Today's Travel Lesson: Don't tweet mean things about easyJet just before boarding an easyJet flight. Passenger Mark Leiser learned that the hard(ish) way, after tweeting the following while waiting for his flight:
Flight delayed 90min. Soldier going to miss last connection & @easyjet refusing to help pay for him to get to Portsmouth. Get right into em!— Mark Leiser (@mleiser) September 24, 2013
After filing that complaint on a very public social media platform, Leiser alleges that "Manager from easyjet just said I couldnt board flight because I criticised @easyJet on twitter before boarding the flight," he added on that same public platform. As one of those budget airlines that charges for everything but using the bathroom, it's not that surprising that easyJet doesn't have the most forgiving customer service.
The airline, however, claims that "easyJet has never denied boarding due to comments on social media. On the rare occasion that we consider denying boarding it is on the basis of disruptive behaviour," a spokesperson told The Atlantic Wire. Leiser eventually boarded his flight and easyJet alleges "staff were not monitoring the passenger’s tweets and did not deny boarding."
That more polished response does not quite match the immediate response from easyJet's twitter handle, which tweeted at Leiser:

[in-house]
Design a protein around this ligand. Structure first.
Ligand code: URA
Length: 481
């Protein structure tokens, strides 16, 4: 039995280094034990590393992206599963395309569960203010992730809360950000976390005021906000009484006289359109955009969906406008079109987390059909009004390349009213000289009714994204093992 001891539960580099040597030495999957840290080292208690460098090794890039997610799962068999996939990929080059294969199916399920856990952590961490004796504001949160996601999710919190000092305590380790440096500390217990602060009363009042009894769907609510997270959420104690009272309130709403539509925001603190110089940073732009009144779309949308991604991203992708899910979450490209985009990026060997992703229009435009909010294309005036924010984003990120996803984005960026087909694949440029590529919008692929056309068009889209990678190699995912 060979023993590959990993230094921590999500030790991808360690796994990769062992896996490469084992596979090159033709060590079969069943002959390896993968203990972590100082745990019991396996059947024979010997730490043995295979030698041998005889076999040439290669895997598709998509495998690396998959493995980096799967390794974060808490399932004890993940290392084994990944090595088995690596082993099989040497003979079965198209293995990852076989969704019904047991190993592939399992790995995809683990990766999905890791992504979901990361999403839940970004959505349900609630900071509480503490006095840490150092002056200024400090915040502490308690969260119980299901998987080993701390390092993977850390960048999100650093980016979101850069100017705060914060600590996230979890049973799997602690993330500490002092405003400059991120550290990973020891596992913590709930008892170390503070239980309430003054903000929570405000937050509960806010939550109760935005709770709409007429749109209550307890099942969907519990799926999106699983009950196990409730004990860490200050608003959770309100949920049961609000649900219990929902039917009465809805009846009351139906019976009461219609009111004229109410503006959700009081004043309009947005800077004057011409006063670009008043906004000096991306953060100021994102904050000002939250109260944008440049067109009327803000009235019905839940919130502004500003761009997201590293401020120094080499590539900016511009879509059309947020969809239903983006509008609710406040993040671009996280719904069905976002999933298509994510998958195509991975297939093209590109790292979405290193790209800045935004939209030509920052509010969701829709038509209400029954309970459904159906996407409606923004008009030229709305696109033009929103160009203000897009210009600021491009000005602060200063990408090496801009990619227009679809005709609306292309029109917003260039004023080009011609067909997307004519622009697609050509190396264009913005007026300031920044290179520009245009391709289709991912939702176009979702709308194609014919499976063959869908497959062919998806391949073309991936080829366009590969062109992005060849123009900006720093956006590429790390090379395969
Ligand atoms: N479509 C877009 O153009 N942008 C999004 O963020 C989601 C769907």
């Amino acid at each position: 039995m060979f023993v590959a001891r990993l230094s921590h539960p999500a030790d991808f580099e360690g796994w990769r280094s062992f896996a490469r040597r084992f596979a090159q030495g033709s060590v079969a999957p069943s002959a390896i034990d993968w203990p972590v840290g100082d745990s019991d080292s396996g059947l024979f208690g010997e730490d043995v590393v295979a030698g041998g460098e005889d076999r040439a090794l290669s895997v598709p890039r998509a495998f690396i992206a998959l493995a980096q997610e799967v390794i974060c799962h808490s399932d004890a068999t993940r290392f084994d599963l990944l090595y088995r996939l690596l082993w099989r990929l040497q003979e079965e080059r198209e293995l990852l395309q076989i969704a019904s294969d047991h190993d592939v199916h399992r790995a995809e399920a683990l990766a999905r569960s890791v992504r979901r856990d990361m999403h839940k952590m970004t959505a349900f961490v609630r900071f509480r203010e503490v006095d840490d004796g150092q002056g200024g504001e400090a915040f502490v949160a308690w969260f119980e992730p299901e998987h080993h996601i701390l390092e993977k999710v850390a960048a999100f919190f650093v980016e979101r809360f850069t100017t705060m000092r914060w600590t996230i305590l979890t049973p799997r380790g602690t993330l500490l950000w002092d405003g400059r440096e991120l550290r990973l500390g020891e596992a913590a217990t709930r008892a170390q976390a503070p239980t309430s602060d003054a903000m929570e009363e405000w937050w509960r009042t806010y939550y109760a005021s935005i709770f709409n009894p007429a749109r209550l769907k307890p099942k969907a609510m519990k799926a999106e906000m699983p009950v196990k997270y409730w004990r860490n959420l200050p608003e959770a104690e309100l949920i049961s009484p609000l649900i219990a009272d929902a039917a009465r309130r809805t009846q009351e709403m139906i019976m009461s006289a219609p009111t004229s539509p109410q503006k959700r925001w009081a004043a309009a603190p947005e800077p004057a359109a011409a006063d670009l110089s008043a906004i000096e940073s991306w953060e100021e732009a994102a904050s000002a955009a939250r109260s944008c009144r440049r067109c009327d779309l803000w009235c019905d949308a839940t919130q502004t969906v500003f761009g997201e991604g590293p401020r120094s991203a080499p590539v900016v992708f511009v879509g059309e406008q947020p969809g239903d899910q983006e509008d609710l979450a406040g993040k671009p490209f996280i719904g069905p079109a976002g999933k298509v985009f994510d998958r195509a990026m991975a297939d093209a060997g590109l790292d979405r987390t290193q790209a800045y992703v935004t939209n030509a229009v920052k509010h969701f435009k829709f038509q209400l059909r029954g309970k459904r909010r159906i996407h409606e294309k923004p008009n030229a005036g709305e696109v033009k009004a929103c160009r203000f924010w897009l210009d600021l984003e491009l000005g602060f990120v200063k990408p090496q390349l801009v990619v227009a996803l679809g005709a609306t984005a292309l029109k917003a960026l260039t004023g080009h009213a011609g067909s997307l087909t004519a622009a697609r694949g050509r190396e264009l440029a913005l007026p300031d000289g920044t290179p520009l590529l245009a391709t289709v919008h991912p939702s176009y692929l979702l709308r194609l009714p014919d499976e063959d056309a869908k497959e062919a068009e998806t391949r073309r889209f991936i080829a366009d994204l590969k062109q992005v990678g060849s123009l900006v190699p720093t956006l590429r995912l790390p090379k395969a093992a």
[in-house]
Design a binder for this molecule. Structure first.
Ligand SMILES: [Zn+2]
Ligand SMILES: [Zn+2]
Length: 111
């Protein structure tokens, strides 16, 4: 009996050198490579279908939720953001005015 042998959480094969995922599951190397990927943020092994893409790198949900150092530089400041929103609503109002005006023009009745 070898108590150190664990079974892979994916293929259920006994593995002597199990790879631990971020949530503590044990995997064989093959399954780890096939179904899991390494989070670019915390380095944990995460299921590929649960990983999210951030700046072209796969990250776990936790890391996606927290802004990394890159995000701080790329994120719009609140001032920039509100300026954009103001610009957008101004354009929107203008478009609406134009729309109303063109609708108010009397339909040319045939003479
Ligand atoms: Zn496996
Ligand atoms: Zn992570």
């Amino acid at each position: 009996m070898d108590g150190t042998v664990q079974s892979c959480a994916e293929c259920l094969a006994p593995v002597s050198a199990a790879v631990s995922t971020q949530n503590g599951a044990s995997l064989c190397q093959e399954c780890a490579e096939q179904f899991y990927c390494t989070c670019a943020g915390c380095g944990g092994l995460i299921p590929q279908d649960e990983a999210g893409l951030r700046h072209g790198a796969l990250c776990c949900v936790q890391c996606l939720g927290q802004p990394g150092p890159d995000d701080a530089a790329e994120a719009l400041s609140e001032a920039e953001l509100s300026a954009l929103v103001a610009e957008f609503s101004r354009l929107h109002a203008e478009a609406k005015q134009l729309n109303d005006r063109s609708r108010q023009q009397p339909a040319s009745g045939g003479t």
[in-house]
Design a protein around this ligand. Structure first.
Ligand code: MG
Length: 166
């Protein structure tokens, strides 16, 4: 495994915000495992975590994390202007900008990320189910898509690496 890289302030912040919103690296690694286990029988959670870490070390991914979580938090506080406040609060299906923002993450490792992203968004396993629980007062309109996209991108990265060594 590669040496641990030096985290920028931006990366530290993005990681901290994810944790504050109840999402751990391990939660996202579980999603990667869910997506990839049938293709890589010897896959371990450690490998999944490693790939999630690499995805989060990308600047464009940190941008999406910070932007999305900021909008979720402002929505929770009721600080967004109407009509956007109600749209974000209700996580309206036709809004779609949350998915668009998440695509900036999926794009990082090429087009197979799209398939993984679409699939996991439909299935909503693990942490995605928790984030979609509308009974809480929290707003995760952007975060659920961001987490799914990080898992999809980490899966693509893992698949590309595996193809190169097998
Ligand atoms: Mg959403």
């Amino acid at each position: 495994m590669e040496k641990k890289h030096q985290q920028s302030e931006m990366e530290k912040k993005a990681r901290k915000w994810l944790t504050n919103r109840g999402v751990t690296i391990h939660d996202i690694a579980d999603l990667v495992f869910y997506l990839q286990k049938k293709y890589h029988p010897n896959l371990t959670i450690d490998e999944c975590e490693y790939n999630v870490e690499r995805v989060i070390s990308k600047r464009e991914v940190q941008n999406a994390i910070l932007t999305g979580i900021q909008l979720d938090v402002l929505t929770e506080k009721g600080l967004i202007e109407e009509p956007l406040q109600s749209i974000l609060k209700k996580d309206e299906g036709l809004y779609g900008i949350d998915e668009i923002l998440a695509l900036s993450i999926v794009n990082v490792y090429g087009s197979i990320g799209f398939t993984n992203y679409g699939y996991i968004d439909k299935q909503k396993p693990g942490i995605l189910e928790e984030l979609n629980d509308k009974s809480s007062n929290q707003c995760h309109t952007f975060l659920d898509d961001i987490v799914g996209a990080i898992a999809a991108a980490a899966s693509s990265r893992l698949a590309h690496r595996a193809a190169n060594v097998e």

@mleiser Hi Mark, we are sorry to hear about this unfortunate incident. NO passenger will be denied boarding due to comments made on ...— easyJet (@easyJet) September 25, 2013
@mleiser ... twitter. Please send us a DM so that we can sort this out for you. Best regards, NK— easyJet (@easyJet) September 25, 2013
The easyJet spokesperson admits that there was an "altercation at the gate," but wouldn't elaborate beyond that. Leiser claims the manager said the following to him. "You're a lawyer. You know u can't tweet stuff like that and expect to get on an @easyJet flight." That doesn't sound like legally binding advice.
Anyway, the best part about all of this — besides the part where easyJet almost kicked a man off a flight because of his tweets — is that Leiser's a Ph.D. student specializing in cyber law:
This article is from the archive of our partner The Wire.